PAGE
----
Updated: May 13
I am speaking of the fats that we eat. I cannot stress the importance of reading food labels enough.
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Dietary fats can be placed into three categories:
Unsaturated (monounsaturated and polyunsaturated)
Unsaturated fats are liquid at room temperatures and are commonly used as cooking oils (olive oil, canola oil, etc.). The health benefits include a positive impact on blood cholesterol levels, decreasing inflammation, and increased heart health to mention a few. Unsaturated fats are further separated into smaller groups as monounsaturated and polyunsaturated (we will discuss this further in our next blog posting).
Saturated fats are in animal-based foods. The American Heart Association recommends limiting the intake of this type of fat. The current research is not clear on the impact that this type of fat has on heart disease risk.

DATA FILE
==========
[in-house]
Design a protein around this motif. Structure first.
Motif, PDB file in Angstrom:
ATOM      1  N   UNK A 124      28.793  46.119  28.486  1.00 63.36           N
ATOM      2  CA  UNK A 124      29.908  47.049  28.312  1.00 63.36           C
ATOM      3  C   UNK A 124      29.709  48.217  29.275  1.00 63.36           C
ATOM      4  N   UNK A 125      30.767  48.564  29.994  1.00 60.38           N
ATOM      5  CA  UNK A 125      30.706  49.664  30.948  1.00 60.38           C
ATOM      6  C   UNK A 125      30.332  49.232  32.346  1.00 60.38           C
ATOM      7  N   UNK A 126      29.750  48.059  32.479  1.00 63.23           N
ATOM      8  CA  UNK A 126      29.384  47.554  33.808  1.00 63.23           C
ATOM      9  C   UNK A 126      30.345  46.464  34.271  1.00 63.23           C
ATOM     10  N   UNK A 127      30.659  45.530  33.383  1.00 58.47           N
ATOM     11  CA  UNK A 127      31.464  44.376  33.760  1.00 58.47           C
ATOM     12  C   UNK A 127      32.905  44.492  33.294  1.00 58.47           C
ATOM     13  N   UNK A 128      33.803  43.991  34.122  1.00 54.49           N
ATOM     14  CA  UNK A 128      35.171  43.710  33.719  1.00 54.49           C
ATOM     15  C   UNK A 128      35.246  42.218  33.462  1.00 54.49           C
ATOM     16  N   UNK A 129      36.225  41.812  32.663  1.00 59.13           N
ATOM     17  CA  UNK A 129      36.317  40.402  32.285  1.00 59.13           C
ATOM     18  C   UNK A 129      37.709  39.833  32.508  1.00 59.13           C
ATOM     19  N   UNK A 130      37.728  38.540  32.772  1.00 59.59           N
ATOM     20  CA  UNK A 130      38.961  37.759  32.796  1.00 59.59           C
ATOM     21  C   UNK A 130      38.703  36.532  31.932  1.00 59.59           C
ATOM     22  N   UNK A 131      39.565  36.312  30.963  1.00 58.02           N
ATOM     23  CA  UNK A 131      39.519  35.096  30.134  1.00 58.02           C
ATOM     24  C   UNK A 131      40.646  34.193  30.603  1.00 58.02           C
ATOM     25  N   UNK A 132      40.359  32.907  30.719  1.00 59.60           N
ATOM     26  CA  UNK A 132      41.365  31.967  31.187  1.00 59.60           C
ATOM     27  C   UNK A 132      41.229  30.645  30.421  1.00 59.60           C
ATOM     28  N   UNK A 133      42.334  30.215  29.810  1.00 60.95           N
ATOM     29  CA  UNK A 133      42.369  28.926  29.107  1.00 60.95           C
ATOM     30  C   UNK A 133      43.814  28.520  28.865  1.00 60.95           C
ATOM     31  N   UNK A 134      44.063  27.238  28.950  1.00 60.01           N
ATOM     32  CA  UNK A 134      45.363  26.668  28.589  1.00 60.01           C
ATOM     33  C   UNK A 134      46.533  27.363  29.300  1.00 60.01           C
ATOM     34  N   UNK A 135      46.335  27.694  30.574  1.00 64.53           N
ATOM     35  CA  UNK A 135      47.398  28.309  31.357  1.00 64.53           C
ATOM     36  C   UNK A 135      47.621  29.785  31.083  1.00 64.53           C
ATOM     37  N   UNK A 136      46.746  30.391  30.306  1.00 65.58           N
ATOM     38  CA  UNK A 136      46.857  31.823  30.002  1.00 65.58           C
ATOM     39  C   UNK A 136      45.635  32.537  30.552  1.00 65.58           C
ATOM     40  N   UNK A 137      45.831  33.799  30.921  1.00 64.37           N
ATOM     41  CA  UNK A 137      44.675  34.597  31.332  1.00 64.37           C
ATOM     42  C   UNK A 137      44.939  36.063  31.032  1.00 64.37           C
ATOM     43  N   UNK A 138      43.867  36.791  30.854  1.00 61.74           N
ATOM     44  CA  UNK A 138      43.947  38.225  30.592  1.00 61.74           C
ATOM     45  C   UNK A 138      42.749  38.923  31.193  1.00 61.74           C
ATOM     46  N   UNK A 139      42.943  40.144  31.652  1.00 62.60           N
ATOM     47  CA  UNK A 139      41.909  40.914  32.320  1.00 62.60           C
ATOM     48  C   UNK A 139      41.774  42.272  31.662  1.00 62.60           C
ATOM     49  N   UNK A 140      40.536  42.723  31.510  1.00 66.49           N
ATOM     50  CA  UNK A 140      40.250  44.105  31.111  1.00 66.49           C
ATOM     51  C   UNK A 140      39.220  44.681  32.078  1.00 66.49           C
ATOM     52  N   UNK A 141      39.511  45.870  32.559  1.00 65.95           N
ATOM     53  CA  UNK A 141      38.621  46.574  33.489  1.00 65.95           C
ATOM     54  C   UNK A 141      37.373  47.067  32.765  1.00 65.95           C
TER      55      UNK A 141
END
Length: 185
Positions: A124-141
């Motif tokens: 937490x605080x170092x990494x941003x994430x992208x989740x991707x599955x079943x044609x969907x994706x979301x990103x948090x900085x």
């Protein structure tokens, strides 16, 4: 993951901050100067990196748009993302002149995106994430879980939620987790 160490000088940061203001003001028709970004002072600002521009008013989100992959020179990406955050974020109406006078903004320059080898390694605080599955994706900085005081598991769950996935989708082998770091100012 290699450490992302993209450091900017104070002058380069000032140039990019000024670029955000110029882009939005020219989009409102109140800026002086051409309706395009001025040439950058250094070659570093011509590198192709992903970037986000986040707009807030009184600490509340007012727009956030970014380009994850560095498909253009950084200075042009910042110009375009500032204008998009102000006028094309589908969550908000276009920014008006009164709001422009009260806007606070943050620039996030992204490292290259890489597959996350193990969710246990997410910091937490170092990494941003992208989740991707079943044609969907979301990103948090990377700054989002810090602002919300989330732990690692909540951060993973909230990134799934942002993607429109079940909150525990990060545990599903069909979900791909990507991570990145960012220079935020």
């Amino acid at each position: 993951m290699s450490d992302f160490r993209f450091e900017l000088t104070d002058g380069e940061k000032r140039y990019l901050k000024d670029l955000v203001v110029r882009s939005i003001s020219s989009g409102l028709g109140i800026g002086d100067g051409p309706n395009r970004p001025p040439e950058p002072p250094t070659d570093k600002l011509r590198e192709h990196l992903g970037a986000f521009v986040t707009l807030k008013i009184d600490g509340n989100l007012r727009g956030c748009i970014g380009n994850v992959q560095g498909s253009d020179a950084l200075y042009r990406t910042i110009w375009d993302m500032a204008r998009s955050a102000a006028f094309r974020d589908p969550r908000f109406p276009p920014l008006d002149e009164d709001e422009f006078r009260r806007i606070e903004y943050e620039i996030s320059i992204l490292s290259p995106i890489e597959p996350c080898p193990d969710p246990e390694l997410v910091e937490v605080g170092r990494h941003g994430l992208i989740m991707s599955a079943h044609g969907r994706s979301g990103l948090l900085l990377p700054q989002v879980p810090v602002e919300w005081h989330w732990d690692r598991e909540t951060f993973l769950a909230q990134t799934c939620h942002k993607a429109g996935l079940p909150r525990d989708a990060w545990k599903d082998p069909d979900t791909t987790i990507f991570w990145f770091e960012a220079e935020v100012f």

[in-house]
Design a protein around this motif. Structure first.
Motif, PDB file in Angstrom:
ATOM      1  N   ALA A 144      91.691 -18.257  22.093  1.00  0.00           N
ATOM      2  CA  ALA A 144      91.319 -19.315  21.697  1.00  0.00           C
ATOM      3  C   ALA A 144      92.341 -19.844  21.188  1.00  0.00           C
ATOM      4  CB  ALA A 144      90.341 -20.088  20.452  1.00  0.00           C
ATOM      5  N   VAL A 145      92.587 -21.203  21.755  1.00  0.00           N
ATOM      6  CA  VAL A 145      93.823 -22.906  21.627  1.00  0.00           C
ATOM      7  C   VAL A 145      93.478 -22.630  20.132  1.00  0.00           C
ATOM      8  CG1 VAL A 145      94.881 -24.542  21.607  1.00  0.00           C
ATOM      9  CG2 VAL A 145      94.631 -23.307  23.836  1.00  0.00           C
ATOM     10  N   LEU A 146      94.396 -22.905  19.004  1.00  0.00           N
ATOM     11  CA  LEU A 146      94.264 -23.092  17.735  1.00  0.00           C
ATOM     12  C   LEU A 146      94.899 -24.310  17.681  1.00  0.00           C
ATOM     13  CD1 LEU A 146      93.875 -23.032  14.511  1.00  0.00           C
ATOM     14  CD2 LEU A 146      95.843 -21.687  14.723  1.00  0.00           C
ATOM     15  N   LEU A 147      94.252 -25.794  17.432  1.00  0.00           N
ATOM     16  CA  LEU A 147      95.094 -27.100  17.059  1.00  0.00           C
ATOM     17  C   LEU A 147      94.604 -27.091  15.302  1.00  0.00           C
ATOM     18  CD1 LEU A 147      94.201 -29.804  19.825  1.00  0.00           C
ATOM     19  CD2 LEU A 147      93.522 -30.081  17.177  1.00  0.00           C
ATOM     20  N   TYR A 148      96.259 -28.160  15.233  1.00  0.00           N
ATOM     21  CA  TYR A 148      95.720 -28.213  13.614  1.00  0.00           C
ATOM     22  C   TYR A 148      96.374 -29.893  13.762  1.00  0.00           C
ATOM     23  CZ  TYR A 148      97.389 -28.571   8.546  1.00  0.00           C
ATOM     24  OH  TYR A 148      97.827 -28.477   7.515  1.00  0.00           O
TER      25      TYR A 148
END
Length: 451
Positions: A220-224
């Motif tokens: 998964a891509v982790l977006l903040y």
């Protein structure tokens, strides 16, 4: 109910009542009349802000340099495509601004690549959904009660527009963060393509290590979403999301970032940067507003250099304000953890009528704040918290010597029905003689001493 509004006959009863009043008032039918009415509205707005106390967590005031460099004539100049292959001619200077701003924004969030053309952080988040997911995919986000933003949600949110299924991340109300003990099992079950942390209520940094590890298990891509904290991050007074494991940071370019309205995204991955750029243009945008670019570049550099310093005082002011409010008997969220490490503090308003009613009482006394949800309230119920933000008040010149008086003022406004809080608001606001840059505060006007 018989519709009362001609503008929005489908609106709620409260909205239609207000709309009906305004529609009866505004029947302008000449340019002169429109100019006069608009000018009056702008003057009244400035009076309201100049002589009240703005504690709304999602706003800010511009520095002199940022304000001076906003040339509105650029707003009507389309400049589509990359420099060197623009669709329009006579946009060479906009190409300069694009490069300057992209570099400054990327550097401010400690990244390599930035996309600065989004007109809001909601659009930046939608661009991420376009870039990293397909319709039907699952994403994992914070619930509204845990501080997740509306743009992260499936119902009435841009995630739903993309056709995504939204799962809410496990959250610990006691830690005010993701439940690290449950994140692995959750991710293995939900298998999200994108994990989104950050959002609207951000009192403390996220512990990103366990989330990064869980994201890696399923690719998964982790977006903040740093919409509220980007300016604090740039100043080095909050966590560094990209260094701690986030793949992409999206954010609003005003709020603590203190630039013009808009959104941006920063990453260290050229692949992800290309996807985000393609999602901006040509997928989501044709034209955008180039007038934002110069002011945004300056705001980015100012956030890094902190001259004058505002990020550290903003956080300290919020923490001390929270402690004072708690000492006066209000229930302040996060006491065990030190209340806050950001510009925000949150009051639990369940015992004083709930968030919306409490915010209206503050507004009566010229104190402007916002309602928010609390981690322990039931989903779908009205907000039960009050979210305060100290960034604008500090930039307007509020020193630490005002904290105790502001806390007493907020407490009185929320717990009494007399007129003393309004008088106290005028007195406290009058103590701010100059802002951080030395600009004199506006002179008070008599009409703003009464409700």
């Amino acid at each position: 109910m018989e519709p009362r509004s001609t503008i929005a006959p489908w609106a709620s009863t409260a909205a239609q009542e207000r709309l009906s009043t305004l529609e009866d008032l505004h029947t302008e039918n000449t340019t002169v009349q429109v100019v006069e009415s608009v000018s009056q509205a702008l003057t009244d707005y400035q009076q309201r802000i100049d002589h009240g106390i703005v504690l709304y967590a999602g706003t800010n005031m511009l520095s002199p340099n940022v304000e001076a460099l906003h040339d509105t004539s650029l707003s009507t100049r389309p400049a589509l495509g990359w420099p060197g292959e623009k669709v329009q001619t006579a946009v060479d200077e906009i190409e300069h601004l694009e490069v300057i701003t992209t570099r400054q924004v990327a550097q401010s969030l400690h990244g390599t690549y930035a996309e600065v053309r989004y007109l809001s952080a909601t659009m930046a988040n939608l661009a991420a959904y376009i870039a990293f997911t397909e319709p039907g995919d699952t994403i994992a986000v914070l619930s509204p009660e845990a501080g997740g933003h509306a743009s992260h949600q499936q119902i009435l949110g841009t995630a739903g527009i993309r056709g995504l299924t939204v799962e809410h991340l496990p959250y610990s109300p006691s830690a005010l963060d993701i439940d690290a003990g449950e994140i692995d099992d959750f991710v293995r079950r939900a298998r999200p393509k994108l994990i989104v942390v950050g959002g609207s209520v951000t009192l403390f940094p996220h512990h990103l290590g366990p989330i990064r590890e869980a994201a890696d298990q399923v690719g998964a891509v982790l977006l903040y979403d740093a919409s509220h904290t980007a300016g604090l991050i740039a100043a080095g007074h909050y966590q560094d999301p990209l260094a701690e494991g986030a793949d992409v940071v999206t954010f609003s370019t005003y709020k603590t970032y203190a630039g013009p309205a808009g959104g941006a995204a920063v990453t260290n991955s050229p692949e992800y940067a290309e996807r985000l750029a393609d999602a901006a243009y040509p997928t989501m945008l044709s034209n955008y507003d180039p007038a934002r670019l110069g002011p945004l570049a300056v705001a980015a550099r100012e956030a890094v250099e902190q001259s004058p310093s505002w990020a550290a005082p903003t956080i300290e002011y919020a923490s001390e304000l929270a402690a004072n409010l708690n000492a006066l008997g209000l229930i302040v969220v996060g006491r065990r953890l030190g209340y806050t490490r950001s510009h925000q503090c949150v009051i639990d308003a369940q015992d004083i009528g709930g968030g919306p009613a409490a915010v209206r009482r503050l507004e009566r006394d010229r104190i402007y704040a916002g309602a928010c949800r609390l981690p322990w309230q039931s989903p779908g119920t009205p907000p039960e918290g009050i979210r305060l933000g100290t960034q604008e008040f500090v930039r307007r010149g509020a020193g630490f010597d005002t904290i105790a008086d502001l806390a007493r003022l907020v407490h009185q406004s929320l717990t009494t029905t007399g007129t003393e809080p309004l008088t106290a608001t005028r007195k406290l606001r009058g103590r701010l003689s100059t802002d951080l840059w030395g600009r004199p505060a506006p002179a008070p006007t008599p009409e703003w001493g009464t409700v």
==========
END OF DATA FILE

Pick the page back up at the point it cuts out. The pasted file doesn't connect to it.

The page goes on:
Trans fats are NOT good for your health. They create inflammation, increase the risk for heart disease, and raise your bad (LDL) cholesterol levels. Trans fats are typically solid at room temperature (margarine and butter). With discipline, it is possible to eliminate the intake of trans fats.
Mom health advocate application: When teaching my little ones about the states of matter (solid, liquid, and gas), I can incorporate the concepts of fat as they get older and reiterate the importance of reading food labels. I also pay attention to the school's lunch menu option. Many public schools have revised their menus since 2012 and offer more nutritionally beneficial and balanced options.
Harvard T.H. Chan School of Public Health. (2018, July 24). Types of Fat. The Nutrition Source. https://www.hsph.harvard.edu/nutritionsource/what-should-you-eat/fats-and-cholesterol/types-of-fat/
Disclaimer: My views are my own. The information I provide does not act as medical or legal advice. Always consult with the appropriate expert before changing your diet, exercise, and/or medication regimen.